Rally in Tel Aviv
Rally in Tel Aviv Screenshot

Around 10,000 Israelis poured into downtown Tel Aviv late Thursday, calling on the government and the army to end Palestinian rocket attacks from Gaza once and for all.

It was the first major demonstration in Israel since the country went to war against Hamas on July 8, launching a punishing air campaign followed by a ground offensive designed to stop rocket attacks and destroy attack tunnels.

Organizers said the rally united people across Israel's often bitter divides of left and right-wing, as well as religious and secular Jewish communities.

Alon Davidi, mayor of the southern town of Sderot, told the rally there must be a solution – be it political or military – to 14 years of rocket attacks.

"I have full confidence in the government and in the army, but at the same time I ask as mayor of Sderot that they put an end to this situation once and for all," Davidi said.

"Finish the job!" he said. "This is a universal principle. We want to live in peace," he added.

Police said that around 10,000 people attended the rally in Rabin Square.

Members of the crowd waved Israeli flags and held up banners calling for peace with the Palestinians and others scrawled with the words: "Occupy Gaza now!"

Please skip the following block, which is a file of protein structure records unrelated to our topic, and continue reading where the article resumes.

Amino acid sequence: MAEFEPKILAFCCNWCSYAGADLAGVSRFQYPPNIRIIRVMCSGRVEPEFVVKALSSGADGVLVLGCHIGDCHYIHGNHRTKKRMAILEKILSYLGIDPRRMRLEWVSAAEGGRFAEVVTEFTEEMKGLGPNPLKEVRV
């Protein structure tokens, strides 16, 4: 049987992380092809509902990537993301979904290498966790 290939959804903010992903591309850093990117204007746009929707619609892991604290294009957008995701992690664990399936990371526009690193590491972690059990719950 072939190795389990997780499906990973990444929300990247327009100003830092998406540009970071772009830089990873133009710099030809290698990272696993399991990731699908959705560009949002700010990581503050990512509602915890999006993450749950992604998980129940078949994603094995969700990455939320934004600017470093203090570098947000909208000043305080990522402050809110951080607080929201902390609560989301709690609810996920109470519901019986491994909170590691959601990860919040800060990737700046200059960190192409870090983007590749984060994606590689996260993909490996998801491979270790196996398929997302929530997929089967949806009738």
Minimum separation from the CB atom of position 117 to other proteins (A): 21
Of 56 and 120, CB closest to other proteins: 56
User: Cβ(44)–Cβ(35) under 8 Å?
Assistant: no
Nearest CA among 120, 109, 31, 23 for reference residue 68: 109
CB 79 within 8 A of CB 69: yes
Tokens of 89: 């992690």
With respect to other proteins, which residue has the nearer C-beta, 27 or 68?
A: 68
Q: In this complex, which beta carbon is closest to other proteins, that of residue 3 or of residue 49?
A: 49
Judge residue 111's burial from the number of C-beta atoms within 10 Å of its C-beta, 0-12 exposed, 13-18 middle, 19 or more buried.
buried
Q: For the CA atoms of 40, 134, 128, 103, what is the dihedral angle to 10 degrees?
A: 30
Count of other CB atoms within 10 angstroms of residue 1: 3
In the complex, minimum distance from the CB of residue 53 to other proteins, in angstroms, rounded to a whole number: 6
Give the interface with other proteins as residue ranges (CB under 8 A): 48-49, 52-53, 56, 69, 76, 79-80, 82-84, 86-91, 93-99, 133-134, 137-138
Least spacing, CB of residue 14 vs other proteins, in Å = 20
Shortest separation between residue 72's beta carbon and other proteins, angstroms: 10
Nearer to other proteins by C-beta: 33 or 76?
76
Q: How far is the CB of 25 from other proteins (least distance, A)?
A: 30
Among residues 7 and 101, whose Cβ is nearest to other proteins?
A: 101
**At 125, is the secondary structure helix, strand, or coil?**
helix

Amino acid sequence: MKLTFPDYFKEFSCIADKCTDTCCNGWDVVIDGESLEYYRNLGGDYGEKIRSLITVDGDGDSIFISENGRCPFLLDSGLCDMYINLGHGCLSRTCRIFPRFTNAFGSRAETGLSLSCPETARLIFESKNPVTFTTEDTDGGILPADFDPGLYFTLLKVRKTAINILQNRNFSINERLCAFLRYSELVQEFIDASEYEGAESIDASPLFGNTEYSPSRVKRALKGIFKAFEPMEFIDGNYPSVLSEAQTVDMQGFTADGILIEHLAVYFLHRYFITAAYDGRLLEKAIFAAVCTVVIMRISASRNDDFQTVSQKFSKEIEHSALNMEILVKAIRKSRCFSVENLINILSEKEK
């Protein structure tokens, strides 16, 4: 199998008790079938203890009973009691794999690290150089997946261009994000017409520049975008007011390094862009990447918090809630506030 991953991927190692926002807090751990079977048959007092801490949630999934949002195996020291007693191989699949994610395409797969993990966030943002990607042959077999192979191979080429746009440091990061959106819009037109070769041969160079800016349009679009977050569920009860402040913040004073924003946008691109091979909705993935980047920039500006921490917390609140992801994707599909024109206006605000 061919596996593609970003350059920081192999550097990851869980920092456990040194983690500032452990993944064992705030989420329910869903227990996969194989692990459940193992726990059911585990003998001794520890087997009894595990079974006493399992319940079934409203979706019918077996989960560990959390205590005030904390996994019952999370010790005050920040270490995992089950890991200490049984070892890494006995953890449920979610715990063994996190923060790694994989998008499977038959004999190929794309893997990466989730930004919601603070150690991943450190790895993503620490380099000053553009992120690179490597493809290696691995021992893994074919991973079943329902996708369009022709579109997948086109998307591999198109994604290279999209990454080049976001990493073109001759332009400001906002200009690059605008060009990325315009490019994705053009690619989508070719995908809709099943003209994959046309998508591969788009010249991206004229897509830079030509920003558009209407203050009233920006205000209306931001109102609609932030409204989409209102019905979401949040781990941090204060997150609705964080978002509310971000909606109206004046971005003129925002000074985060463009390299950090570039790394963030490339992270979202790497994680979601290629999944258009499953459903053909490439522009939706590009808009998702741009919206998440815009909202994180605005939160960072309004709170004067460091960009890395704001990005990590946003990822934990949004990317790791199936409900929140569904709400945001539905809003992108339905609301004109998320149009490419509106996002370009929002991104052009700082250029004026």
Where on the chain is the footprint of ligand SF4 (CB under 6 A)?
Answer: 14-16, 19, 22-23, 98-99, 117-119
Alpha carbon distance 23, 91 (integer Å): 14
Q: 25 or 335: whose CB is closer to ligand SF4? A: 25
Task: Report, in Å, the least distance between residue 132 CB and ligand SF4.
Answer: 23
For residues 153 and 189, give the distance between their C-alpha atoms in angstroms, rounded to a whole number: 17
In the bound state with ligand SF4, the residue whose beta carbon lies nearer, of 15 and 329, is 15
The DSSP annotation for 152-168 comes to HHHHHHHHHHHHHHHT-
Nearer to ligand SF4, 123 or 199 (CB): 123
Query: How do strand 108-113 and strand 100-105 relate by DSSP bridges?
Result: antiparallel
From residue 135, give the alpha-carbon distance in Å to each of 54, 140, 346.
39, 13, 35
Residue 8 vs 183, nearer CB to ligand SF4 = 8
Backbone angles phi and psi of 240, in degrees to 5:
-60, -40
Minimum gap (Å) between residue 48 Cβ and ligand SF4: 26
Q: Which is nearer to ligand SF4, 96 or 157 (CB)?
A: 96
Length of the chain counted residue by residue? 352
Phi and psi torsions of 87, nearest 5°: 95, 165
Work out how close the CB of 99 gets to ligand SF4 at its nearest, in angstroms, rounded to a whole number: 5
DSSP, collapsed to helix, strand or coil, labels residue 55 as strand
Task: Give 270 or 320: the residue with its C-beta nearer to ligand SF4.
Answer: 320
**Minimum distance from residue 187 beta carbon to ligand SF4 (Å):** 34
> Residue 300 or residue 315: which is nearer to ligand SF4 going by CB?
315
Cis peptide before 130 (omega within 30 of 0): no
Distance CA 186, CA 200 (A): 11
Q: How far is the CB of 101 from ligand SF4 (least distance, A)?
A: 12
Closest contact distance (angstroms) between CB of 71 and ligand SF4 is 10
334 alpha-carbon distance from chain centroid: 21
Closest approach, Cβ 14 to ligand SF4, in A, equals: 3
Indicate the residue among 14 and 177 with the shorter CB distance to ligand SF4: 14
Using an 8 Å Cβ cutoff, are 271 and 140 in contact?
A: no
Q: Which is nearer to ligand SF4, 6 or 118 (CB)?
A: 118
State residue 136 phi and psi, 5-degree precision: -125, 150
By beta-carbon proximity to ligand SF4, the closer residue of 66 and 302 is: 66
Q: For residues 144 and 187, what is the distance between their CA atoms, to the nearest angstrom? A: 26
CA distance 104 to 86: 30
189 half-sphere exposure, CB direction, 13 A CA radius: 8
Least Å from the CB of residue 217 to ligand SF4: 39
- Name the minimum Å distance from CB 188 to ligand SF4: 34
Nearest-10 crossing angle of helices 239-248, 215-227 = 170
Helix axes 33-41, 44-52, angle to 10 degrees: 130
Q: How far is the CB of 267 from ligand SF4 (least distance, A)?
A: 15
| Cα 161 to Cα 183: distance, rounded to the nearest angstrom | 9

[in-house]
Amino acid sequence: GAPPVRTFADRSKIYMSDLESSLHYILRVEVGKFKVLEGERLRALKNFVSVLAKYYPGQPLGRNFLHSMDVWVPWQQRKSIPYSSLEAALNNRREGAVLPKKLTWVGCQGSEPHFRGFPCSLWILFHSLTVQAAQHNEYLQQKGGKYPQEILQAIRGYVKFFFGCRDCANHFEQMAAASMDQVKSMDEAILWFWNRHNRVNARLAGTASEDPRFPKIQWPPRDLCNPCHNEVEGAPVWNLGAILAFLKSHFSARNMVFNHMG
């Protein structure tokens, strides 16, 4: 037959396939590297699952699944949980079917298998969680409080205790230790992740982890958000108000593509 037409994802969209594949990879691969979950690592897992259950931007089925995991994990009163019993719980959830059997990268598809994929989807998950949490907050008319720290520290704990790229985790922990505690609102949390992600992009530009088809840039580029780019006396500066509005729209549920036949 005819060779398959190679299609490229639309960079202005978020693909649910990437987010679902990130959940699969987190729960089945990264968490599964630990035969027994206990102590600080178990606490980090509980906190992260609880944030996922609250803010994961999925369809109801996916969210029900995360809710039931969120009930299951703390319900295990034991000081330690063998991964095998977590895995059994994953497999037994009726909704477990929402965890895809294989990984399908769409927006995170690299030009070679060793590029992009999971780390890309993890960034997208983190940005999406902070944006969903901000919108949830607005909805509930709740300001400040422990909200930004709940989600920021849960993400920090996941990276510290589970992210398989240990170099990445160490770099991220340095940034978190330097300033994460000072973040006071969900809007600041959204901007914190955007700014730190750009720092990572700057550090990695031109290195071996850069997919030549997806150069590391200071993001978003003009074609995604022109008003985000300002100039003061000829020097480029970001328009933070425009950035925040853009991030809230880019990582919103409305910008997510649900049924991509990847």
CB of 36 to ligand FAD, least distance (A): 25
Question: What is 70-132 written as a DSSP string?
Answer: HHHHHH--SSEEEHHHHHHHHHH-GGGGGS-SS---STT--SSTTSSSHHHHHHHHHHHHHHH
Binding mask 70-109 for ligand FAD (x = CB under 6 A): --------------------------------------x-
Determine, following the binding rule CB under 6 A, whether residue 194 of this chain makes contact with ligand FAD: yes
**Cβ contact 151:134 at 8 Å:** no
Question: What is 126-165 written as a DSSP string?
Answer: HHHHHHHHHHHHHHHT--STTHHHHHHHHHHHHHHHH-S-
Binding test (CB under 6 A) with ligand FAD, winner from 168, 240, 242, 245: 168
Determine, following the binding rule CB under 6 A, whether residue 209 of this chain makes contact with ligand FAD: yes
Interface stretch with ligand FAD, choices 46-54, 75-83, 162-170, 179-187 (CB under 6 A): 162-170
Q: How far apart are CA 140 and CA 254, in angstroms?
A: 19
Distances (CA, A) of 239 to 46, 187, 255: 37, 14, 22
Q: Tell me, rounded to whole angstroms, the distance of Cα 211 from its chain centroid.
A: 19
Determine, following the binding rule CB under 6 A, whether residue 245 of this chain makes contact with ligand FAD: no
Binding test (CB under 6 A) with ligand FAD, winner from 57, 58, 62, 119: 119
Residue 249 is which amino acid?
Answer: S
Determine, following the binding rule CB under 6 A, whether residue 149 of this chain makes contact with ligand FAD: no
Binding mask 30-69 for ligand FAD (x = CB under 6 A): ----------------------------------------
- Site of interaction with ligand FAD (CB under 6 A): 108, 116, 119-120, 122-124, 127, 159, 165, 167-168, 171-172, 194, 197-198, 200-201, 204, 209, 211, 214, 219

"We all came here to send the message that rocket fire on the south is not only a problem for the south but a problem for the rest of the country," said Haim Yelin, head of the Eshkol regional council.

He thanked the military for launching the offensive.

"I hope they will transform the military victory into a political victory that will bring quiet to the whole country," he said.

The residents of southern Israel, who have borne the brunt of Gaza's terrorism for 14 years, and who recently discovered that they are also targeted by over 30 Hamas terror tunnels.

The protesters include residents of the south and Israelis from all over the country who identify with their plight. The current confrontation in Gaza, which involved rocket attacks on most of Israel's territory, has brought home to most Israelis what southerners face routinely.

The protesters had been asked to wear red, symbolizing the Color Red slogan which is sounded as an alarm for incoming rocket fire. The protesters will demand that rocket on Gaza Belt communities receive the same priority as rockets on Tel Aviv.

Parents' representatives from the regions adjoining Gaza were to announce at the rally that if rockets continue to “drizzle” on their communities, they will not allow the school year to open on schedule, and tell their children to stay home instead.

"If there is a drizzle of even one rocket per day, we will not send the kids to school,” said Itay Levy, Head of the Parents' Council in the Shaar Hanegev region. He told the NRG website that while schools around Gaza are fortified against rockets. The roads are not. Hamas, he said, times its rockets for the times at which the children are making their way to and from school."